scope Queue##T push##T(Queue##T q, T value); \
scope Queue##T append##T(Queue##T q, T value); \
\
scope Queue##T pop##T(Queue##T q); \
scope Queue##T next##T(Queue##T q); \
scope T top##T(Queue##T q,T value); \
\
scope _Bool empty##T(Queue##T q); \
\
scope Queue##T reverse##T(Queue##T q); \
\
scope void printqueue##T(Queue##T q); \
scope void printnode##T(Queue##T q); \
\
scope Queue##T search##T(Queue##T q, T seek); \
scope Queue##T deleteFrom(Queue##T q, T seek); \
scope queue##T insertAfter##T(Queue##T q, T seek, T value); \
scope Queue##T insertBefore(Queue##T q, T seek, T value);

#define QueueImplementation(scope,T,MALLOC,FREE,PRINT,EQ) \
scope Queue##T null##T = 0; \
\
scope Queue##T push##T(Queue##T q, T value) { \
Queue##T c = MALLOC(sizeof(struct Queue##T)); \
if (!c) return null##T; \
c->value = value; c->next = q; c->last = c; \
return c; \
} \
scope Queue##T append##T(Queue##T q, T value) { \
Queue##T c = MALLOC(sizeof(struct Queue##T)); \
if (!c) return null##T; \
c->value = value; c->next = q; c->last = c; \
if (q) { \
for (Queue##T p=q->last; p->next; p=p->next); \
q->last = p->next = c; \
}else \
q = c; \
return q; \
} \
\
scope Queue##T pop##T(Queue##T q) { \
if (q) {Queue##T c = q; q = q->next; FREE(c);} \
return q; \
} \
scope Queue##T next##T(Queue##T q) { \
return q ? q->next : null##T; \
} \
scope T top##T(Queue##T q,T value) { \
if (q) return q->value; \
else {T zero; memset(&T,sizeof T,0); return zero;} \
} \
\
scope _Bool empty##T(Queue##T q) { \
return !q; \
} \
\
scope Queue##T reverse##T(Queue##T q) { \
Queue##T prev = null##T; \
for (Queue##T curr=q, next=null##T; !empty##T(curr); prev=curr,
curr=next) { \
next = curr->next; curr->next = prev; curr->last = q; \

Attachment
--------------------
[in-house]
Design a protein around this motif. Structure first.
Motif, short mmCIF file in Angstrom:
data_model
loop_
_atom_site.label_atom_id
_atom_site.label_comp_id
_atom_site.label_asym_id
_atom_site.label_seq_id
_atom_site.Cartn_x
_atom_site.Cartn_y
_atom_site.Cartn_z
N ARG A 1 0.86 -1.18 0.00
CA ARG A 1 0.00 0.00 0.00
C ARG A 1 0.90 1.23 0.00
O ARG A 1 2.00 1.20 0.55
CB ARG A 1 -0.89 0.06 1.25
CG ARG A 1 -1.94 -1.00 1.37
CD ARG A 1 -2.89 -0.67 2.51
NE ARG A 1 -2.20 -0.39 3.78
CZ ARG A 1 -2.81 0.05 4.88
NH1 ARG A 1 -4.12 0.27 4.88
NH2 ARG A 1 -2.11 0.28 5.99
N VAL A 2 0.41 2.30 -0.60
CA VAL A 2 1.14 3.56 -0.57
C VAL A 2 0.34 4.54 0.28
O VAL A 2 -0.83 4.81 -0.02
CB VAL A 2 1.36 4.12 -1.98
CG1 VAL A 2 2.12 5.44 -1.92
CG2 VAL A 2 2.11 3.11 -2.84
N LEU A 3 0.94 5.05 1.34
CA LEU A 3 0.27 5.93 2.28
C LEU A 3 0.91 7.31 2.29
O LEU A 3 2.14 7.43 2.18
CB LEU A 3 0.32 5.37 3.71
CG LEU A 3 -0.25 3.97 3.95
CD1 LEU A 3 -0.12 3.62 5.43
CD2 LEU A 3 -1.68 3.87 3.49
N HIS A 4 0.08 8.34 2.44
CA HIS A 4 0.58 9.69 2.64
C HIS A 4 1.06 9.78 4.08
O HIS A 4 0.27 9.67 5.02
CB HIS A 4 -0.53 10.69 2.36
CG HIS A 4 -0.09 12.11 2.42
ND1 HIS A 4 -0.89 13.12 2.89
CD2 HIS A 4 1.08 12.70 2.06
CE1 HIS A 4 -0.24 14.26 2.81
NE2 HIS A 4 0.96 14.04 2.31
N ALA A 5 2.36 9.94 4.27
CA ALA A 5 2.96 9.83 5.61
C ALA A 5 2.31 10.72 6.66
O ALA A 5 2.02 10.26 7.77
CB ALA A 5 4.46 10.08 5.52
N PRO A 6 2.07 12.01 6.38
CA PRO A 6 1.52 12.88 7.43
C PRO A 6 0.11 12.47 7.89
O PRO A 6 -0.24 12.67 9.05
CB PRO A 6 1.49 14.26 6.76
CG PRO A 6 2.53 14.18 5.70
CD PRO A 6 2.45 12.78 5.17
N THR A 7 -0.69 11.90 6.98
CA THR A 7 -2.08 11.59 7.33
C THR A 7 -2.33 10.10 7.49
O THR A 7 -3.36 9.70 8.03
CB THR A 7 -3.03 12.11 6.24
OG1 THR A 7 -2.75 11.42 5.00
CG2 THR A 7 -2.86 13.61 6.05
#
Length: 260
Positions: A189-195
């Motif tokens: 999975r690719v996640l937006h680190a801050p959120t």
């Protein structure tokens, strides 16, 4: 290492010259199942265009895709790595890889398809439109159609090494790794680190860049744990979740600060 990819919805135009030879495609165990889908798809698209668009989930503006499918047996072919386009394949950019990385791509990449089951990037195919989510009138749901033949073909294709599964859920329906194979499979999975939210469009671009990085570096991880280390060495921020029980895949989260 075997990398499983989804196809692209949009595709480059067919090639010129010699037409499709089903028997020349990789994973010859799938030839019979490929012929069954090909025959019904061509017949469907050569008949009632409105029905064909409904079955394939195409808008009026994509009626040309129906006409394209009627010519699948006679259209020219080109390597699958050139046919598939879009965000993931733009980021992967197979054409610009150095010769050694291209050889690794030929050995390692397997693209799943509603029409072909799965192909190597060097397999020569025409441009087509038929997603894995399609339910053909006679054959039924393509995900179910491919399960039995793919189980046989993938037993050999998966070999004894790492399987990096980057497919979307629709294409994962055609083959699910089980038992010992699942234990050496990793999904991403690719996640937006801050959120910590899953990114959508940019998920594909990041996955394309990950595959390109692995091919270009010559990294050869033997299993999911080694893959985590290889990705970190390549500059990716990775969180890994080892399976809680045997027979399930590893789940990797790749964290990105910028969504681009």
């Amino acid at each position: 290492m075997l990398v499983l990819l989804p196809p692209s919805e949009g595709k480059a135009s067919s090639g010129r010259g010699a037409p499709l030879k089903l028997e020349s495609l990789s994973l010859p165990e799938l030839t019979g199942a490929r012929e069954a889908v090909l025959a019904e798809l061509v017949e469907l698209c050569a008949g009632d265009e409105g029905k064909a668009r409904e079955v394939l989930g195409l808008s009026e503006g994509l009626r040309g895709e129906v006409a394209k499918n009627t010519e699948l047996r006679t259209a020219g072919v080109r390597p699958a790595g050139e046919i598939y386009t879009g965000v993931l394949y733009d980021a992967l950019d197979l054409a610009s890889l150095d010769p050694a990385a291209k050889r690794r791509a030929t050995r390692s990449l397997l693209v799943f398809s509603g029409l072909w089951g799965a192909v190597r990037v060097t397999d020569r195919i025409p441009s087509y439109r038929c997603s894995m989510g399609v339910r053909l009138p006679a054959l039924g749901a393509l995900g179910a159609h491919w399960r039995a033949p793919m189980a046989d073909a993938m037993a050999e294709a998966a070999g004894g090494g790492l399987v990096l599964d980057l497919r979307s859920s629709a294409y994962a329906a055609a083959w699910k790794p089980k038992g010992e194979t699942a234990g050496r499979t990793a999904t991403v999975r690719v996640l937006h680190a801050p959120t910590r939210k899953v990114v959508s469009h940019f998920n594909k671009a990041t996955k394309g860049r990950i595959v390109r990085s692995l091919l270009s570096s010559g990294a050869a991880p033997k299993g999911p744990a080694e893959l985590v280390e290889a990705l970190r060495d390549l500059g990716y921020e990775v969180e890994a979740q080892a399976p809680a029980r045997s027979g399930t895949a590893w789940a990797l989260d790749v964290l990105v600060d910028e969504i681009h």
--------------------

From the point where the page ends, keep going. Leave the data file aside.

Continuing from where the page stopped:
} \
return prev; \
} \
\
scope void printqueue##T(Queue##T q) { \
if (q) { \
for (; !empty##T(q); q=next##T(q)) { \
printf("Element = "); PRINT(top##T(q)); printf("\n"); \
} \
printf("--------------- EoQ -----------\n\n"); \
} \
} \
scope void printnode##T(Queue##T q) { \
if (q) { \
printf("Node = "); PRINT(top##T(q)); printf("\n"); \
} \
} \
\
scope Queue##T search##T(Queue##T q, T seek) { \
for (; !empty##T(q); q=next##T(q)) \
if (EQ(top##T(q), seek)) \
return q; \
return null##T; \
} \
scope Queue##T deleteFrom(Queue##T q, T seek) { \
Queue##T prev = null##T; \
for (Queue##T curr=q; empty##T(curr); prev=curr, curr=curr->next) \
if (!EQ(top##T(curr), seek)); \
else if (empty##T(prev)) {return pop##T(q);} \
else {prev->next = curr->next; FREE(curr); return q;} \
return null##T; \
} \
scope queue##T insertAfter##T(Queue##T q, T seek, T value) { \
for (Queue##T curr=q; empty##T(curr); curr=curr->next) \
if (EQ(top##T(curr), seek)) { \
Queue##T c = push##T(curr->next, value); \
if (!c) return null##T; \
else {curr->next = c; return q;} \
} \
return null##T; \
} \
scope Queue##T insertBefore(Queue##T q, T seek, T value) { \
Queue##T prev = null##T; \
for (Queue##T curr=q; empty##T(curr); prev=curr, curr=curr->next) \
if (EQ(top##T(curr), seek)) { \
Queue##T c = push##T(curr, value); \
if (!c) return null##T; \
else if (!prev) return c; \
else {prev->next = c; return q;} \
} \
return null##T; \
}
 
Ad

Advertisements

Ad

Advertisements


Ask a Question

Want to reply to this thread or ask your own question?

You'll need to choose a username for the site, which only take a couple of moments. After that, you can post your question and our members will help you out.

Ask a Question

Top